Vaccines & Immunization

Getting routine vaccinations on time and staying up to date helps protect us, our families, and our communities from potentially life-threatening diseases.

✔ Vaccinations up to date
✔ Living their #bestlife

Completing recommended childhood immunizations may not seem like a top priority, but the vaccines we have today protect our kids from a long list of diseases, including chickenpox, diphtheria, tetanus, pertussis (whooping cough), flu, measles, polio and HPV. Some of these diseases might seem like something from the past or faraway places, but they still do occur—even here in the United States. All it may take is one encounter to get sick with a virus we thought we would never see again.

Ensuring your kids grow up with protection from these diseases keeps them safe and gives you one less thing to worry about, so you can focus instead on all the other stuff like school, playdates, after school activities, getting from point A to B, figuring out what’s for dinner … you get the idea. Meanwhile, it allows your kids to live their #bestlife.

Do I Really Need to Get Vaccinated?

You may be wondering why getting vaccinated is so important. Simply put, getting your vaccines helps your body build its natural defense against disease—your immune system—before you’re exposed to diseases that can cause severe illness and maybe even death. This means that you have immunity, or protection from an infectious disease—this is known as immunization.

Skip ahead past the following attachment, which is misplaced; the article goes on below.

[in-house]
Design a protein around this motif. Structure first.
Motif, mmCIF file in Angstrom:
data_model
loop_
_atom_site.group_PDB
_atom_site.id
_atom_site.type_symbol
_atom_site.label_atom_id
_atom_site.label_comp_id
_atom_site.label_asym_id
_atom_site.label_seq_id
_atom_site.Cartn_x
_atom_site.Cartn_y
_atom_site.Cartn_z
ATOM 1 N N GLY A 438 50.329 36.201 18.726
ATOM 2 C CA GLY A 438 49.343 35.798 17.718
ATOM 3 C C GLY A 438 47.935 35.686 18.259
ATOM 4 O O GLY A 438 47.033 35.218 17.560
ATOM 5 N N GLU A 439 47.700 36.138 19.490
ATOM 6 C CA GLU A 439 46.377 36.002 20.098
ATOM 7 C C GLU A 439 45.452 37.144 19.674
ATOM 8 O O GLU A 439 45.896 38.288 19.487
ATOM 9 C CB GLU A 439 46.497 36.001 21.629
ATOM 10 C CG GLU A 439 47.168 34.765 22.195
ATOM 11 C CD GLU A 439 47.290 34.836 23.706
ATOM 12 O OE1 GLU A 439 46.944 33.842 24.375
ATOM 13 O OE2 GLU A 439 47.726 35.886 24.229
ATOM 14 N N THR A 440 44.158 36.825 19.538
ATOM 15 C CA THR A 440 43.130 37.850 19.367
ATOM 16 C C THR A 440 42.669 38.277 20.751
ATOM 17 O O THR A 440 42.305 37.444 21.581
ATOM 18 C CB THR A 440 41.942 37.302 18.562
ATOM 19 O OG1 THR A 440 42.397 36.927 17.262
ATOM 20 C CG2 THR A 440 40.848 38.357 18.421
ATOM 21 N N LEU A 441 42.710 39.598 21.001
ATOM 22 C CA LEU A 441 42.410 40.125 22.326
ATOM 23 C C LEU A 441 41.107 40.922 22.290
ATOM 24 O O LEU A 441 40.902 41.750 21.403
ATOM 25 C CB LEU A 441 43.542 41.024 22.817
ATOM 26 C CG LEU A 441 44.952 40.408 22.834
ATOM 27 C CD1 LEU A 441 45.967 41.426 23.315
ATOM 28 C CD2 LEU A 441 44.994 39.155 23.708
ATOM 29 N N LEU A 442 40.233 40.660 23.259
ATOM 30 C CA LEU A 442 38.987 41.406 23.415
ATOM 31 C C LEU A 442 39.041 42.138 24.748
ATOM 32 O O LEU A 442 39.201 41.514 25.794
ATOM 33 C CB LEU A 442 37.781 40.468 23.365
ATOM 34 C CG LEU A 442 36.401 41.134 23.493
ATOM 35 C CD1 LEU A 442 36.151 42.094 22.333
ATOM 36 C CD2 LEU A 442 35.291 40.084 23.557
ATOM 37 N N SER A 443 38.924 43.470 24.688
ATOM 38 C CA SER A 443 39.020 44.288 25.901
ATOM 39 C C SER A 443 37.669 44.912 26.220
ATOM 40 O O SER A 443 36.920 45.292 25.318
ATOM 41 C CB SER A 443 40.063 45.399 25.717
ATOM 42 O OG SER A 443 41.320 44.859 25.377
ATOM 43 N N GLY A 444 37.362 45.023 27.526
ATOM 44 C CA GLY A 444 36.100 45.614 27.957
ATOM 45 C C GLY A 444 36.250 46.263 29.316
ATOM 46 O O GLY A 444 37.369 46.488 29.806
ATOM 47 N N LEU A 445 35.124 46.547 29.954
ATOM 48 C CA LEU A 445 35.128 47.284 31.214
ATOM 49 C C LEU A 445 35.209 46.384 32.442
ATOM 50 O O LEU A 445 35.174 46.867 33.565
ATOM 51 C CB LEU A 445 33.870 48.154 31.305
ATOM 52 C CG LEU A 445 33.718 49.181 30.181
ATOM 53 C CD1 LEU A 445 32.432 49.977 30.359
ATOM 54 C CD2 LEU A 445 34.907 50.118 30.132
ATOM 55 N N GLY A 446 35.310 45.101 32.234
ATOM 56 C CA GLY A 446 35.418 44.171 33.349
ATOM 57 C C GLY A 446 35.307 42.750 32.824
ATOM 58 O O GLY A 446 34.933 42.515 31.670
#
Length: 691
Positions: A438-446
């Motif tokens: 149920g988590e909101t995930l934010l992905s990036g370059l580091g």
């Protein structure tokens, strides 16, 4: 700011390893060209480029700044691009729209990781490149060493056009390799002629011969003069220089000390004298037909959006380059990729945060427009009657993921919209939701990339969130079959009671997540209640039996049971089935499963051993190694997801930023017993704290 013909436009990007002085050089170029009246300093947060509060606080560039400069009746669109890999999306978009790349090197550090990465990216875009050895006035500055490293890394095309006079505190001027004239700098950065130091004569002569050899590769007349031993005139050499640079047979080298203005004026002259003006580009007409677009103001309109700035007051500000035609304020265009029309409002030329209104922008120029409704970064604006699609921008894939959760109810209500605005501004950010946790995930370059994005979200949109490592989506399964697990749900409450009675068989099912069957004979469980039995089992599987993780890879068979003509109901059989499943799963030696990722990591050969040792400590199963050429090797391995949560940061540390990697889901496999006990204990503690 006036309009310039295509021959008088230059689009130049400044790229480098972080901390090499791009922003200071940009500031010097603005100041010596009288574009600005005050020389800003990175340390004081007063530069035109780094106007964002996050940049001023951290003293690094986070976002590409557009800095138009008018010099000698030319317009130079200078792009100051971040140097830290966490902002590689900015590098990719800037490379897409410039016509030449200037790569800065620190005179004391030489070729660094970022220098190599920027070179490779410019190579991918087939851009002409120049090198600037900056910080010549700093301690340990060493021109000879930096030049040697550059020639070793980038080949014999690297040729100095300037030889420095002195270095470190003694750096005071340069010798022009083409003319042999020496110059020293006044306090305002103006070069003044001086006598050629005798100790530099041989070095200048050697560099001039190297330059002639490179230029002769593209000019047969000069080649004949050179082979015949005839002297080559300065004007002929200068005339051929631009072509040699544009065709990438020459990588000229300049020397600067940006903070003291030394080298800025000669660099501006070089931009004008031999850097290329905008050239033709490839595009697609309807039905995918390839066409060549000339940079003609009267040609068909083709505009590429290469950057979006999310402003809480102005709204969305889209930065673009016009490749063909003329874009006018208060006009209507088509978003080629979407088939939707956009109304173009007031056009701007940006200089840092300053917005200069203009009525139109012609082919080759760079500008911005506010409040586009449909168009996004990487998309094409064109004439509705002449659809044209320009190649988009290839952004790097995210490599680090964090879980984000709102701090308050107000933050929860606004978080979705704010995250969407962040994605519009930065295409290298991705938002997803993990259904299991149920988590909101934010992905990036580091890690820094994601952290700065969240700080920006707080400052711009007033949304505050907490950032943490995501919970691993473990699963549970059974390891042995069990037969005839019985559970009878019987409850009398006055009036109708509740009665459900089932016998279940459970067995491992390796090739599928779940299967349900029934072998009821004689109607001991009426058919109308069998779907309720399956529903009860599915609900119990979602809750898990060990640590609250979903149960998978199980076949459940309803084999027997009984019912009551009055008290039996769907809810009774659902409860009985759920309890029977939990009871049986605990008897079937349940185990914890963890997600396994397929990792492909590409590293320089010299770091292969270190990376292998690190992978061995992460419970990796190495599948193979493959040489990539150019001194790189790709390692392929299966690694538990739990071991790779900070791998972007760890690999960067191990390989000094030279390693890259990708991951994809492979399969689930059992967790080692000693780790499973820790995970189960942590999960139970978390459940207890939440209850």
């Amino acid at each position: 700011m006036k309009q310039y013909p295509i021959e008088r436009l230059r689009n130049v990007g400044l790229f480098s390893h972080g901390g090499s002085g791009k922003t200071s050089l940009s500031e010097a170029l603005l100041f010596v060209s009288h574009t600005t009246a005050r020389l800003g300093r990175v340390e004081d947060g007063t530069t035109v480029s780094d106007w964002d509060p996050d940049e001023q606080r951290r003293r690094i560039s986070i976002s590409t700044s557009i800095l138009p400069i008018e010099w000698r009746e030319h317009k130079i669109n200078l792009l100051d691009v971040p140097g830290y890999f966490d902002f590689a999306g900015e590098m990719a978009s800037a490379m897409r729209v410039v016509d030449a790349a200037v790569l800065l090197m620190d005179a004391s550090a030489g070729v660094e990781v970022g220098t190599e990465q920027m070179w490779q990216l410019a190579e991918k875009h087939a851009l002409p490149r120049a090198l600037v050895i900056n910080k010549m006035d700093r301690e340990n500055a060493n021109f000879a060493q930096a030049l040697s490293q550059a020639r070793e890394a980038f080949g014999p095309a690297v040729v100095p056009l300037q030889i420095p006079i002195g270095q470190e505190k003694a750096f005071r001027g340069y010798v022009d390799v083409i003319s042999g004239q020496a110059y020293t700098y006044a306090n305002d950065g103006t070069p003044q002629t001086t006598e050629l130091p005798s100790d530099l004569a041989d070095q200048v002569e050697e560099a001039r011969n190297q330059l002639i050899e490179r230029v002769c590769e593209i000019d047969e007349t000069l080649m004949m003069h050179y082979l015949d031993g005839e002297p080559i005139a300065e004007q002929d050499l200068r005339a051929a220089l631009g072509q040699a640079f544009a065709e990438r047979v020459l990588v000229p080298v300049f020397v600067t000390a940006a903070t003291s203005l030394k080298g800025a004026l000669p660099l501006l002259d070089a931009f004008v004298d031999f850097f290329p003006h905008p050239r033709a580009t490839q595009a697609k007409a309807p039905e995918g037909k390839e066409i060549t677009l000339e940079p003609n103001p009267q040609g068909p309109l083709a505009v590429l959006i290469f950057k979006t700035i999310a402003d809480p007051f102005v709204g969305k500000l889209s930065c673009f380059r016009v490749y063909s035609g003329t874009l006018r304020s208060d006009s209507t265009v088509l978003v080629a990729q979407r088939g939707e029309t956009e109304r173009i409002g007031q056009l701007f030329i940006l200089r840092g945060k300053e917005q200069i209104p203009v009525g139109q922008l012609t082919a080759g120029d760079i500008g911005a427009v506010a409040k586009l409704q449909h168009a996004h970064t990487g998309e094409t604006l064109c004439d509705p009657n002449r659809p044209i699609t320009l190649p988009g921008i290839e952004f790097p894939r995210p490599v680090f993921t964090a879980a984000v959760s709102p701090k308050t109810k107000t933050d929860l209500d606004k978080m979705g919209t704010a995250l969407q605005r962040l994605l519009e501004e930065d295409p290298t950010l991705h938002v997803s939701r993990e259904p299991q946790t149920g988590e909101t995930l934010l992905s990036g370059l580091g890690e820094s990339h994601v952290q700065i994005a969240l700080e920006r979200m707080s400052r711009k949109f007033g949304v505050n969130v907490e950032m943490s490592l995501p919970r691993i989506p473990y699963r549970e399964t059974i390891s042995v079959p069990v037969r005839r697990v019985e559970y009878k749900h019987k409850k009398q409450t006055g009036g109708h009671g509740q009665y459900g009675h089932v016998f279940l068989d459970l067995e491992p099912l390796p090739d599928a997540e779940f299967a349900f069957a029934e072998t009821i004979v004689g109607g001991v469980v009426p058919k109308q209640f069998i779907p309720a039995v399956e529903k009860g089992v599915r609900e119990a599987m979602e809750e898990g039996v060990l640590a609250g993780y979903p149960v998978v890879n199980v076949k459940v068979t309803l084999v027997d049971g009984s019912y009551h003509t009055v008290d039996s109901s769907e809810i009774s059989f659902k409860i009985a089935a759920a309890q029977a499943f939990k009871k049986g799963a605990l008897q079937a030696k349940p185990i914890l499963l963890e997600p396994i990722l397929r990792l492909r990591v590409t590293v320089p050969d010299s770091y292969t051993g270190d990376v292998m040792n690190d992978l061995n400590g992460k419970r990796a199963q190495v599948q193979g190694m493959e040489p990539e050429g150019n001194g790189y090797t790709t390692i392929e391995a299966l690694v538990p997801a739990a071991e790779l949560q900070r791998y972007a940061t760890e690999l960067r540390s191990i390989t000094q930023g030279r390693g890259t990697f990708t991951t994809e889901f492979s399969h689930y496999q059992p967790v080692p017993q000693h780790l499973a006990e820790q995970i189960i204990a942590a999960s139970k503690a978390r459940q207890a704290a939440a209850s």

Learn more about immunization

What Vaccines Do I Need?

The vaccines you need will depend on your vaccination history—the vaccines you have already had—and your age. Adults need different vaccines than children because they are at risk for different diseases. See the following pages to learn about vaccine recommendations for adults and kids (including vaccine requirements for children attending school in Washington state) and vaccines to consider before travel to other countries.

If it’s been a while since you received any vaccinations, or if you are pregnant or just getting a newborn started with vaccination, it’s best to speak with your provider about the best way for you and your family to get up to date.

COVID-19 Vaccine

COVID-19 Vaccine

Don’t forget about COVID-19 vaccines! See the following information for families and for healthcare providers.

How Do I Know Which Vaccines I Have Had?

The first step in making sure that you are up to date on your vaccines is to understand which vaccines you have received and when. If you don’t know, you will need to refer to your immunization record. In some situations, you may even need to provide your immunization record to someone else. Immunization records often are needed for:

  • Entry into child-care, kindergarten, school, summer camp, and college or other post-high school training, as well as for future employment and international travel.
  • If you are seeing a new healthcare provider, you will need this information to ensure you receive proper medical care. Providers usually count only those vaccine doses that are documented on a written record or are available on a local computerized immunization information system (registry).

If you do not have a copy of your immunization record, you will need to obtain a copy using the methods described below.

Where Do I Find My Immunization Record?